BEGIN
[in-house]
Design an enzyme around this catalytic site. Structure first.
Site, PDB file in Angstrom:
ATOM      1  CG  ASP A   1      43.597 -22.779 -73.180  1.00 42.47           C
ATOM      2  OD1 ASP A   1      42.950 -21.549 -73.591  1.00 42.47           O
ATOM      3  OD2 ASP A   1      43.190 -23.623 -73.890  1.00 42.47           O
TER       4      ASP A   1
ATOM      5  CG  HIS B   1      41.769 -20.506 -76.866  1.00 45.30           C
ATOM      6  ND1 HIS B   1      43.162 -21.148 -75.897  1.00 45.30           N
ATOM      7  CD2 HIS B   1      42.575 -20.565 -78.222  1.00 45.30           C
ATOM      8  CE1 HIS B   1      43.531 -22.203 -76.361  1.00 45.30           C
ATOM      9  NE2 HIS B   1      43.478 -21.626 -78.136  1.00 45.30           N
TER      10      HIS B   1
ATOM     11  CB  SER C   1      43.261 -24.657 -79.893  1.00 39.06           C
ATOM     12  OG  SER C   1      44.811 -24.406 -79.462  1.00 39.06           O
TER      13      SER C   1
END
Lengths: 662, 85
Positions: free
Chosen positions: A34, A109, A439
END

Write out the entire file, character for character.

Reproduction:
[in-house]
Design an enzyme around this catalytic site. Structure first.
Site, PDB file in Angstrom:
ATOM      1  CG  ASP A   1      43.597 -22.779 -73.180  1.00 42.47           C
ATOM      2  OD1 ASP A   1      42.950 -21.549 -73.591  1.00 42.47           O
ATOM      3  OD2 ASP A   1      43.190 -23.623 -73.890  1.00 42.47           O
TER       4      ASP A   1
ATOM      5  CG  HIS B   1      41.769 -20.506 -76.866  1.00 45.30           C
ATOM      6  ND1 HIS B   1      43.162 -21.148 -75.897  1.00 45.30           N
ATOM      7  CD2 HIS B   1      42.575 -20.565 -78.222  1.00 45.30           C
ATOM      8  CE1 HIS B   1      43.531 -22.203 -76.361  1.00 45.30           C
ATOM      9  NE2 HIS B   1      43.478 -21.626 -78.136  1.00 45.30           N
TER      10      HIS B   1
ATOM     11  CB  SER C   1      43.261 -24.657 -79.893  1.00 39.06           C
ATOM     12  OG  SER C   1      44.811 -24.406 -79.462  1.00 39.06           O
TER      13      SER C   1
END
Lengths: 662, 85
Positions: free
Chosen positions: A34, A109, A439